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Fantastic Fiesolana bags Matron

Fiesolana gave Curragh trainer Willie McCreery his biggest winner to date when scooting through a gap in the Coolmore Fastnet Rock Matron Stakes at Leopardstown.

Already a multiple Group scorer, and placed at the highest level in last month's Prix Maurice de Gheest, she quickened up at just the right moment for Billy Lee

Wee Jean was half a furlong away from causing an enormous surprise for the Mick Channon stable but first the 7-4 favourite and eventual runner-up Rizeena threw down a determined challenge before Fiesolana squeezed past Tapestry and on to glory by half a length.

McCreery, a former Gaelic footballer and now an emerging force on the training scene, said: "I'm overcome. What a horse and what a ride. I thought she wasn't going to get there, but she did. Billy was as cool as a cucumber and never panicked.

"Billy was brilliant on her. I said to him to miss the break today, as she had been breaking brilliantly, and he missed it lovely. They went a sensible pace and she got into a bit of trouble, but it probably came at the right time. Billy is a cool rider and I said to him I'd rather he was beat than come too early.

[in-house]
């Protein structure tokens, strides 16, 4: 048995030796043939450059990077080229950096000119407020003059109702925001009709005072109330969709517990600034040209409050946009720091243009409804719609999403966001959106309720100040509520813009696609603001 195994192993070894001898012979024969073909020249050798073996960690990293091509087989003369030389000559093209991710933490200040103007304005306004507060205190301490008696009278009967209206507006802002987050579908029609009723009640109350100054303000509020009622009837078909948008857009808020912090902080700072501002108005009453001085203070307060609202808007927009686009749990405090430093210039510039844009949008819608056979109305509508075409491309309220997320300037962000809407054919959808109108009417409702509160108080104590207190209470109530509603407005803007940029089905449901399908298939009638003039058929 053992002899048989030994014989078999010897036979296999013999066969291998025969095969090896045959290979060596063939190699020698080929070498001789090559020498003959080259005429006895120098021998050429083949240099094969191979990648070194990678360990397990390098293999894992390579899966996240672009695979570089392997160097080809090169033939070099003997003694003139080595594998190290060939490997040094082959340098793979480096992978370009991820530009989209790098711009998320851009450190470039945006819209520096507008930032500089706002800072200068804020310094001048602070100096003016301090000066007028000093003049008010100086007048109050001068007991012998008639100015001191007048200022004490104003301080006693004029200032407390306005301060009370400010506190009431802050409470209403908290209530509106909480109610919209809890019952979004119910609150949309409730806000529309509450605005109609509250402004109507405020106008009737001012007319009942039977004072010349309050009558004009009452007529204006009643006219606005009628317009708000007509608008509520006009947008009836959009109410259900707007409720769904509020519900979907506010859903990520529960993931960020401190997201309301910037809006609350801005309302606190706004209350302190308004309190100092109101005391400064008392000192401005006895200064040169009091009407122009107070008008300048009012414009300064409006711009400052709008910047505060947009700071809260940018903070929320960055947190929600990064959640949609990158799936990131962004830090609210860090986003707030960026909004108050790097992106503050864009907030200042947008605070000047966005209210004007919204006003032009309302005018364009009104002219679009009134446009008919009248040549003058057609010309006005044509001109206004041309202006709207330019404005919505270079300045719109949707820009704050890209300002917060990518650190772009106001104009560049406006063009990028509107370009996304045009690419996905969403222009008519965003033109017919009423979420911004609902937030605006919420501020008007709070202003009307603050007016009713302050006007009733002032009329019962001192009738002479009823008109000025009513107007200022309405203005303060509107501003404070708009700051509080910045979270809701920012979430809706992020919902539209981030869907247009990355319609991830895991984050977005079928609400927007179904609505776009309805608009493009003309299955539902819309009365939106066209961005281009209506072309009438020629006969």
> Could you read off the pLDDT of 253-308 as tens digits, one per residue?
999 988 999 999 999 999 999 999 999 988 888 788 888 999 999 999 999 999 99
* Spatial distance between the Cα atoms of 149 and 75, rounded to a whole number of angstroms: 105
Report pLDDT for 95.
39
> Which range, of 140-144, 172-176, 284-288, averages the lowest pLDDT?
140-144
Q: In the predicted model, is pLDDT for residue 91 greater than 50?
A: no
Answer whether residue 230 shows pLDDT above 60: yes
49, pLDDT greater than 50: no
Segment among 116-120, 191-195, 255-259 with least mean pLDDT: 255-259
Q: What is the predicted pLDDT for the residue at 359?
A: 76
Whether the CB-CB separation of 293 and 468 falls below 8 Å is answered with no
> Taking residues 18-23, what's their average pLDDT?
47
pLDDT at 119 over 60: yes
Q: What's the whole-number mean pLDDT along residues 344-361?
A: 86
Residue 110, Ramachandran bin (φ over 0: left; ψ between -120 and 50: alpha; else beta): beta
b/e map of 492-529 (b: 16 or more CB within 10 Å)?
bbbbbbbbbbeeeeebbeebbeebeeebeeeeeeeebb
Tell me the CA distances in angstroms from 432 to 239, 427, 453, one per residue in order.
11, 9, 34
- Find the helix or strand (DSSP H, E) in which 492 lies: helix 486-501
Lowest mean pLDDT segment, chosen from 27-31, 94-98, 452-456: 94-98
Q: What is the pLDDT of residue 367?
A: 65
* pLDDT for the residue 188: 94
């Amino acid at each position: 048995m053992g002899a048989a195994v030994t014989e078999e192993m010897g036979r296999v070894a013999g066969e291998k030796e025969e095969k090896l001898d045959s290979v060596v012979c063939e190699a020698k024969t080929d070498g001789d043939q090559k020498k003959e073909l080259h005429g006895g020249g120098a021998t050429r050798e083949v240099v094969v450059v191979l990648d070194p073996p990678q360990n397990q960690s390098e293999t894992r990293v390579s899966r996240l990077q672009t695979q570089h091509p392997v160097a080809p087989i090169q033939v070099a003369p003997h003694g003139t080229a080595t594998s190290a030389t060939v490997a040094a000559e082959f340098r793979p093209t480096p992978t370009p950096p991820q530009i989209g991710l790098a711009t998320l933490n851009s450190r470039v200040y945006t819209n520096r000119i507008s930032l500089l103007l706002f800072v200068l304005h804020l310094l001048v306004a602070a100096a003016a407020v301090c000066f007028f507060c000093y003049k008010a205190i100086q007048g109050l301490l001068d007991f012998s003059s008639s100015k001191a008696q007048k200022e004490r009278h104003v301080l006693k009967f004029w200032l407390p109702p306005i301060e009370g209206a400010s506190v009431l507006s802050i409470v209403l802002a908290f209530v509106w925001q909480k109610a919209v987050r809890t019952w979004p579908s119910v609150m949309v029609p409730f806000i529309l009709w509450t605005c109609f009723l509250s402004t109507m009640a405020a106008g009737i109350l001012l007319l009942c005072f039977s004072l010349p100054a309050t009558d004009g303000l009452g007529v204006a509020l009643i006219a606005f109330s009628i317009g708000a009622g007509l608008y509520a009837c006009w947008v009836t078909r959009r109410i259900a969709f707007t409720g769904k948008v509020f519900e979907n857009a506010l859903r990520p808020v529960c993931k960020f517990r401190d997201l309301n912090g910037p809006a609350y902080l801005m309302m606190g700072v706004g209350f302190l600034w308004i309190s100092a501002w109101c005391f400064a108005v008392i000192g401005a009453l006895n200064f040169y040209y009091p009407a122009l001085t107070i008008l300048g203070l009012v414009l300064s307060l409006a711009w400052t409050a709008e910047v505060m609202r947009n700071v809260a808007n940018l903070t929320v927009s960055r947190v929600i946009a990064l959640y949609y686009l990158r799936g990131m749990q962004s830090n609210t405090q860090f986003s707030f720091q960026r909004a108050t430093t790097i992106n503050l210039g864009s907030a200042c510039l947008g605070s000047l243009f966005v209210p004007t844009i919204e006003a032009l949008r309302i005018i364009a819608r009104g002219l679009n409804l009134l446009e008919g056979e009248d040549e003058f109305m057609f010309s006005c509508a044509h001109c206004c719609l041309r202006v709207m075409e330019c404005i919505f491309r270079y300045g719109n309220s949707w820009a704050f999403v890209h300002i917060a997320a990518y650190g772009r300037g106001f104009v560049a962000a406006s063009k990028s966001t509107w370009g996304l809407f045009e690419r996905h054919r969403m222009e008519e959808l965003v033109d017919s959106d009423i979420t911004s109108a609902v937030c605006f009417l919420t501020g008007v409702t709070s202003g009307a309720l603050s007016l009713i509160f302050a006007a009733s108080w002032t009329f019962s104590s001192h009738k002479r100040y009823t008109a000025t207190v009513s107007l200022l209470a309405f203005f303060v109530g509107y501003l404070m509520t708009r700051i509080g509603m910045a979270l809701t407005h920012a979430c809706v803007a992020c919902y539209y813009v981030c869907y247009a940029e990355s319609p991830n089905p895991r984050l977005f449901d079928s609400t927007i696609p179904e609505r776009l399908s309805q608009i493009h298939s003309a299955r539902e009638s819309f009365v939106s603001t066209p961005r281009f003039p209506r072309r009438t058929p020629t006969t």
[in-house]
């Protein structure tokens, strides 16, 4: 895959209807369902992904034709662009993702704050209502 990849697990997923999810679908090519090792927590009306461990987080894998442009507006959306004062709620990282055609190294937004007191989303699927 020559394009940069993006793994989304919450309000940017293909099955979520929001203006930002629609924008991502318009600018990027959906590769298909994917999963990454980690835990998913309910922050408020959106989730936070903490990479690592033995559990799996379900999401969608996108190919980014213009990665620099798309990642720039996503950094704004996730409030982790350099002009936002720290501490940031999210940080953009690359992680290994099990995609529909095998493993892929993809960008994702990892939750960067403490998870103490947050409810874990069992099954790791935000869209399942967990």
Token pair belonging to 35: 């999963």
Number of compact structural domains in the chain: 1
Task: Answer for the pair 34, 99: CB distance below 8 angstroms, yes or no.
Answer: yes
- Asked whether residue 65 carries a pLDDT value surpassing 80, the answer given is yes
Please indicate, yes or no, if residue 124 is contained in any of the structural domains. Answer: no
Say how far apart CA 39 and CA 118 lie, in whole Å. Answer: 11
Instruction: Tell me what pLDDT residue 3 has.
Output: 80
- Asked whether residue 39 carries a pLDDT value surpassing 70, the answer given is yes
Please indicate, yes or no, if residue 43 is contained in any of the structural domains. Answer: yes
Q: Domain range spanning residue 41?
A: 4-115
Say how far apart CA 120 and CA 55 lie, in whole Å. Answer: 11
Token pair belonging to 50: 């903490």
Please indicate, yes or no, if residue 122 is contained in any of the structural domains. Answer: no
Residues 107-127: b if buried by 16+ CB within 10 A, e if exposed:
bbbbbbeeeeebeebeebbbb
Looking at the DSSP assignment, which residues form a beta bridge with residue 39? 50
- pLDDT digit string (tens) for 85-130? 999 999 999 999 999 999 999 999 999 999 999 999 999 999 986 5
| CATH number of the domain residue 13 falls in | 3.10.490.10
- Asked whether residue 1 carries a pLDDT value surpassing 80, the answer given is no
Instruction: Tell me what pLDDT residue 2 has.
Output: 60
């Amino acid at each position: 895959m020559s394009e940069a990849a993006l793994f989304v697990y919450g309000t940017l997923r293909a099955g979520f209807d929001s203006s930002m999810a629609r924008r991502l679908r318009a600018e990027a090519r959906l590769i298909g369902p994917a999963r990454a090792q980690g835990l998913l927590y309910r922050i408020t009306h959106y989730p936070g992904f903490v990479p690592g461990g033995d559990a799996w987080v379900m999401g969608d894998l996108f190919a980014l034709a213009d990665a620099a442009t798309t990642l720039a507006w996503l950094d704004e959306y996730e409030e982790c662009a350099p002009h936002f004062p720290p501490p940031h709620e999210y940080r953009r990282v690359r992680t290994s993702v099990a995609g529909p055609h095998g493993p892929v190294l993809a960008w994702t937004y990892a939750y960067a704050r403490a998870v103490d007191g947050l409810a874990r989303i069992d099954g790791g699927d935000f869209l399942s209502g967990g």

"You dream of this, but realistically it's a Group One with the likes of Tapestry in there.

"The Niarchos family had the faith to send her back to me (after buying the daughter of Aussie Rules for 960,000 guineas). It was a huge compliment and I'm glad I could repay them.

"I can't believe it and it's great for her and for me. Patrick Cooper said to Alan (Cooper) to keep her in training this season as she'd win a Group One but at the start of the year she had an infection and we didn't know if we would get her back.

"She's still improving. She's hard to get fit as she's a big, solid type. She'll go for the Prix de la Foret now, presumably."

Officially running under the banner of Flaxman Stables Ireland, the Niarchos silks were first past the post in the 2012 Matron through the David Wachman-trained Duntle, but she was to lose the race in the stewards' room to Sir Henry Cecil's Chachamaidee.

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